This is the first of a series of posts about Baltimore landmarks and locations.
The Phoenix Shot Tower
I grew up knowing the tower simply as the old Baltimore shot tower. It’s a red brick tower, 234 feet tall located in East Baltimore, nearby to Little Italy and Jonestown. It was the tallest structure in the United States when it was completed in 1828. The cornerstone was laid by Charles Carroll of Carrollton, the last surviving signer of the Declaration of Independence.
The tower was used to manufacture both drop shot—for use in pistols and rifles—and moulded shot for cannons. Molten lead was poured through a sieve at the top of the tower into a vat of cold water at the bottom of the tower to produce the drop shot. After it hardened, it was dried, polished and sorted into 25 pound bags. The tower produced 100,000 bags annually, and was capable of doubling that output if necessary. It stayed in production until 1892 when this method of producing shot became obsolete.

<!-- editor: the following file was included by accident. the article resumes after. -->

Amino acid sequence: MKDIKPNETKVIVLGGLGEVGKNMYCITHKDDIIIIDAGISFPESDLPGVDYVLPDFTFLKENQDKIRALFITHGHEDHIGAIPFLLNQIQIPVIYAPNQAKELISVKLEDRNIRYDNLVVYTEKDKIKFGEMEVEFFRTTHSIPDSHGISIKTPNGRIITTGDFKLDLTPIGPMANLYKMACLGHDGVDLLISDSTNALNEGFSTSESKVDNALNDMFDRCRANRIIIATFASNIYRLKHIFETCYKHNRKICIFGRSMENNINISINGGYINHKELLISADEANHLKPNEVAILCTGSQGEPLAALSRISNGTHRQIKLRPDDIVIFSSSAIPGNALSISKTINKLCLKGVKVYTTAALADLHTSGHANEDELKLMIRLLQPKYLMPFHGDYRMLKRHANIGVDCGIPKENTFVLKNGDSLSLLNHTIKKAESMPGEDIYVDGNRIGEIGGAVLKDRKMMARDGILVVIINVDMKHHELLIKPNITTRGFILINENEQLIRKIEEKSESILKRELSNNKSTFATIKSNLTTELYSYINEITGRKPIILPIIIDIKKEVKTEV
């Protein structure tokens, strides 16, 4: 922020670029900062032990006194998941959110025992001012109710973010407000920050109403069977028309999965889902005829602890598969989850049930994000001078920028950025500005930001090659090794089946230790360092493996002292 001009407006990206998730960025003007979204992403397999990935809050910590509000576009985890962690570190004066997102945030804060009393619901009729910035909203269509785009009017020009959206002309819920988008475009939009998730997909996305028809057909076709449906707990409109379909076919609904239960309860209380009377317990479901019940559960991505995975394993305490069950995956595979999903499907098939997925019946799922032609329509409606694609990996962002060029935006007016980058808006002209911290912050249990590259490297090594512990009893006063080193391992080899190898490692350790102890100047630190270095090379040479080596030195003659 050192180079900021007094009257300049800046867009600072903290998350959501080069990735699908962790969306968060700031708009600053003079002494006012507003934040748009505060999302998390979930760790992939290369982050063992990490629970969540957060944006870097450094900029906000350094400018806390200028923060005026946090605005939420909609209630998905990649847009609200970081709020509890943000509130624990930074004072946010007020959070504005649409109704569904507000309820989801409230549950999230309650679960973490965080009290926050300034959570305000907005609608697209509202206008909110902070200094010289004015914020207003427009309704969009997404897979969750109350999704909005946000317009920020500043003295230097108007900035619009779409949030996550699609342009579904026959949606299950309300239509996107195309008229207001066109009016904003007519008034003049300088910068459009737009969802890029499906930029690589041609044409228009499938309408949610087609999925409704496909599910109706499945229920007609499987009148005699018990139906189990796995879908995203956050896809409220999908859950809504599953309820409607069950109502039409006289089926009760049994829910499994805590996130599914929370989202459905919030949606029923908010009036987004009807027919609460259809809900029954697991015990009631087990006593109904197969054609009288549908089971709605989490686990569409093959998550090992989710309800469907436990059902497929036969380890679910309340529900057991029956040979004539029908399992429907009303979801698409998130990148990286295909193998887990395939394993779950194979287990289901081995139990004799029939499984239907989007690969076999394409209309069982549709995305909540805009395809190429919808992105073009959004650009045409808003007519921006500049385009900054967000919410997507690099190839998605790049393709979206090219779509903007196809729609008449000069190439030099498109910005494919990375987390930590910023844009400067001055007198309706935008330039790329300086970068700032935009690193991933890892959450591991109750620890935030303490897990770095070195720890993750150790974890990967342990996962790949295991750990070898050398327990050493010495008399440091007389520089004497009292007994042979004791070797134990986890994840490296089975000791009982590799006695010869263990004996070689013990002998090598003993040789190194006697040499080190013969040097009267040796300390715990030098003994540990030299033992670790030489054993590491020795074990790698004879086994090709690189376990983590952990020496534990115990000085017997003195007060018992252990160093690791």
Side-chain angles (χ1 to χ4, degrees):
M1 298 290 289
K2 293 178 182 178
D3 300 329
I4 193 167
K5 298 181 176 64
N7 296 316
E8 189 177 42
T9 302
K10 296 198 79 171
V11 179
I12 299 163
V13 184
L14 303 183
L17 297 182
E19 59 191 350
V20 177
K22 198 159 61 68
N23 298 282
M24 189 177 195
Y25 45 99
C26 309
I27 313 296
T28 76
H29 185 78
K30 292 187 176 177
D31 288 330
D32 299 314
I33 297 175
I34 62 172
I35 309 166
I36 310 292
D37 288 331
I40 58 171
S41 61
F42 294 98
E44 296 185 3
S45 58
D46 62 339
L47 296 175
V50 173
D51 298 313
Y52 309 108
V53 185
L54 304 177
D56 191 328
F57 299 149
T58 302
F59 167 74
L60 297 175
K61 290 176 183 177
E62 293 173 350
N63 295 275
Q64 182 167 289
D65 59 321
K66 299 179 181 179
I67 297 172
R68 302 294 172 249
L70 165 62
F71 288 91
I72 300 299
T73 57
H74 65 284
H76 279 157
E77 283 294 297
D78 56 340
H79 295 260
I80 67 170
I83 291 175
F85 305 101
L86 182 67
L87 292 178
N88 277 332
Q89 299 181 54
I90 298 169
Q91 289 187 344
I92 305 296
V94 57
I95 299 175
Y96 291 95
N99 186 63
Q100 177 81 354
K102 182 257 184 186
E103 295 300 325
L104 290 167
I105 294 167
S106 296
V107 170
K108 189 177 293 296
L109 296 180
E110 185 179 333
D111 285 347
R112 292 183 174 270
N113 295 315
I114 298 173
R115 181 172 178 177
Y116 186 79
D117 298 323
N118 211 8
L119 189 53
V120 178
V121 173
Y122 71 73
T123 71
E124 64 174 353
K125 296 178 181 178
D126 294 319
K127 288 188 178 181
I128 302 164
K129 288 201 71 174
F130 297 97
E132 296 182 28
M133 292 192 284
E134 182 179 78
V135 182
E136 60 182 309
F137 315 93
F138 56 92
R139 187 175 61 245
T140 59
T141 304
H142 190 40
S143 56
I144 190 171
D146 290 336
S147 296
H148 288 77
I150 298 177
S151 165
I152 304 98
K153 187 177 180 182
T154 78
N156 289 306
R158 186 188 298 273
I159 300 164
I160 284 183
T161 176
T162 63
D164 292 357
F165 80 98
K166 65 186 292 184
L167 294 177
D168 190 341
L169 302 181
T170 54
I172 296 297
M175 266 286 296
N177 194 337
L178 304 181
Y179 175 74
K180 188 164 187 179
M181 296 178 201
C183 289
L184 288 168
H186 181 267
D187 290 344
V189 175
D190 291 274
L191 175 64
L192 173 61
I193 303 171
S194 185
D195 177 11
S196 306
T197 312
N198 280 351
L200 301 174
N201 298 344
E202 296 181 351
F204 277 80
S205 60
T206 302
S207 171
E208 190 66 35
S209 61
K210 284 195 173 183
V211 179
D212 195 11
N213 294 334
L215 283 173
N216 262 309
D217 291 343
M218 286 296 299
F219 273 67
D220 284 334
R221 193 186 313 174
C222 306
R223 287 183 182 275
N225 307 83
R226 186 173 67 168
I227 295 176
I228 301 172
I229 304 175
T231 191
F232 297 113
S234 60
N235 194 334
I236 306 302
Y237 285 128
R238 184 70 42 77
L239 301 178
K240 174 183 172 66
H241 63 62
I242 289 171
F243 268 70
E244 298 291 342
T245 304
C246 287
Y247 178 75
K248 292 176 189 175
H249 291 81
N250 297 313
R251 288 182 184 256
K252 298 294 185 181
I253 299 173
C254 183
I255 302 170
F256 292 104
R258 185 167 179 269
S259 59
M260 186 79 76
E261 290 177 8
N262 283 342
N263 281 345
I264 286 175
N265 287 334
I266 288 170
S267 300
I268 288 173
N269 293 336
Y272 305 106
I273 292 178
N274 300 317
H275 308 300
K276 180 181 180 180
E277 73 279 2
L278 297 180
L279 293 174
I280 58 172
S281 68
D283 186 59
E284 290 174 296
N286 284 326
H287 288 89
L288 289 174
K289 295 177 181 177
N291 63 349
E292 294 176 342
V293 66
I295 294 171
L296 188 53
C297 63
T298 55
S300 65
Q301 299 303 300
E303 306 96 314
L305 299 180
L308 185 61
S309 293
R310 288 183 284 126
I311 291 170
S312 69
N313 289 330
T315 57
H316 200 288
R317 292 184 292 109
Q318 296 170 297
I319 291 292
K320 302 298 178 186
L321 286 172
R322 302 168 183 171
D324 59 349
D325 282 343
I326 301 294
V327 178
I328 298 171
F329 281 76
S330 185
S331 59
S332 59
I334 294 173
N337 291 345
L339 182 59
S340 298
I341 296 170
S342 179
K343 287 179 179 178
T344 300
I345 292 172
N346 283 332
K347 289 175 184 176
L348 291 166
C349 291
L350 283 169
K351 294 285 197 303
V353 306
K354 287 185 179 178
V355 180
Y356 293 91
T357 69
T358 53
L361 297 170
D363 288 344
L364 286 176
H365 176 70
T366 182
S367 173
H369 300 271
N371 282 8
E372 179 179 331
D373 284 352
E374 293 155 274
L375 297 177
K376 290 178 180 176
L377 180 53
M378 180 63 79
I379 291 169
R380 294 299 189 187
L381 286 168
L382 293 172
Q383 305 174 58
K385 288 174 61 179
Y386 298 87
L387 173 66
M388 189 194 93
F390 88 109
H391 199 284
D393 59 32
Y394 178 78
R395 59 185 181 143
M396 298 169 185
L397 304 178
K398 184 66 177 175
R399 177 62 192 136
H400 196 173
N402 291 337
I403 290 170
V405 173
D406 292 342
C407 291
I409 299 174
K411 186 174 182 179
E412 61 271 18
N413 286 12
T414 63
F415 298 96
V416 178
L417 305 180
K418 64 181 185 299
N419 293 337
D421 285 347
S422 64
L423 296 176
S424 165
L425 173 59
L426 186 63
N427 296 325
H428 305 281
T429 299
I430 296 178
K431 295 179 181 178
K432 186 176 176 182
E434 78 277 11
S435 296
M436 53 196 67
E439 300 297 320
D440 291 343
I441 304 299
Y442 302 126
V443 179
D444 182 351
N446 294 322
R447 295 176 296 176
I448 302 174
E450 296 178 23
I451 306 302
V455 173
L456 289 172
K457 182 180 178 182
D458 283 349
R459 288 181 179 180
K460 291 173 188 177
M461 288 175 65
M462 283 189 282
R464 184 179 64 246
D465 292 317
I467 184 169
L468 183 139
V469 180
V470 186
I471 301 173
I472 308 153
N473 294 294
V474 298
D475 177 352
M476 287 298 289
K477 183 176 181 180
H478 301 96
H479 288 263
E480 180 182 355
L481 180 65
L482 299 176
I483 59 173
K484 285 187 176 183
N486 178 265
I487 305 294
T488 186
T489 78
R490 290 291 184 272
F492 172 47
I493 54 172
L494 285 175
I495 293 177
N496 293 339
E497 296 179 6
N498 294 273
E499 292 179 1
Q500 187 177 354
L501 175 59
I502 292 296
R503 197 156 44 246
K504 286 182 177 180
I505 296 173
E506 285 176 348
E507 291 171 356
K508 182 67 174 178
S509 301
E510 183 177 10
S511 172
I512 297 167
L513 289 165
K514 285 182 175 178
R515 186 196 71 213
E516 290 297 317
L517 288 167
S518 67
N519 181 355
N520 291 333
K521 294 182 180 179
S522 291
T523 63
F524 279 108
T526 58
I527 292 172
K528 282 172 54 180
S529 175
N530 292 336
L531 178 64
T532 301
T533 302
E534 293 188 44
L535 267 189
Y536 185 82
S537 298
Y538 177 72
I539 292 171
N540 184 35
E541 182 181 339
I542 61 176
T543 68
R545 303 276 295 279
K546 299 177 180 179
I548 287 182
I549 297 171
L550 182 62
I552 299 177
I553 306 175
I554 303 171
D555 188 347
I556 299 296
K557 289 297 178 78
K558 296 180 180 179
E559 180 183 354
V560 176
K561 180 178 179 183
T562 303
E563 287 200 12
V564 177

It remained the tallest structure in the US until 1846, when Trinity Church was erected in New York on Wall Street. It remained the tallest in Baltimore until 1875, when the spire of the First Presbyterian Church (on West Madison and Park Avenue) was completed. Still, from the top, the view of the city—and beyond—is unobstructed.
The tower is one of four that used to stand in Baltimore, and was very nearly destroyed in 1924 by the Union Oil Company. They’d purchased the land, and wanted to erect a gas station. City residents objected and raised enough money to buy back the land and present it to the City of Baltimore. It became a National Historic Landmark in 1971.
The tower is open limited hours on the weekends, though visitors haven’t been able to go to the top since about 1997, due to the safety of the staircase. This is soon to change, however! The city has designated $240,000 to fix the staircase, and estimates visitors will once again be able to walk to the top (all 305 steps) as early as mid-2017.
Although the tower is one of my favorite places in Baltimore, it’s not a prominent location in the Charm City Darkness novels. But the tower is the main location in one of my Charm City Darkness short stories—called Giving a Hand—in which Assumpta helps the tower’s resident ghost. Giving a Hand has been published in the Hides the Dark Tower Anthology, and will be available as a single later this year.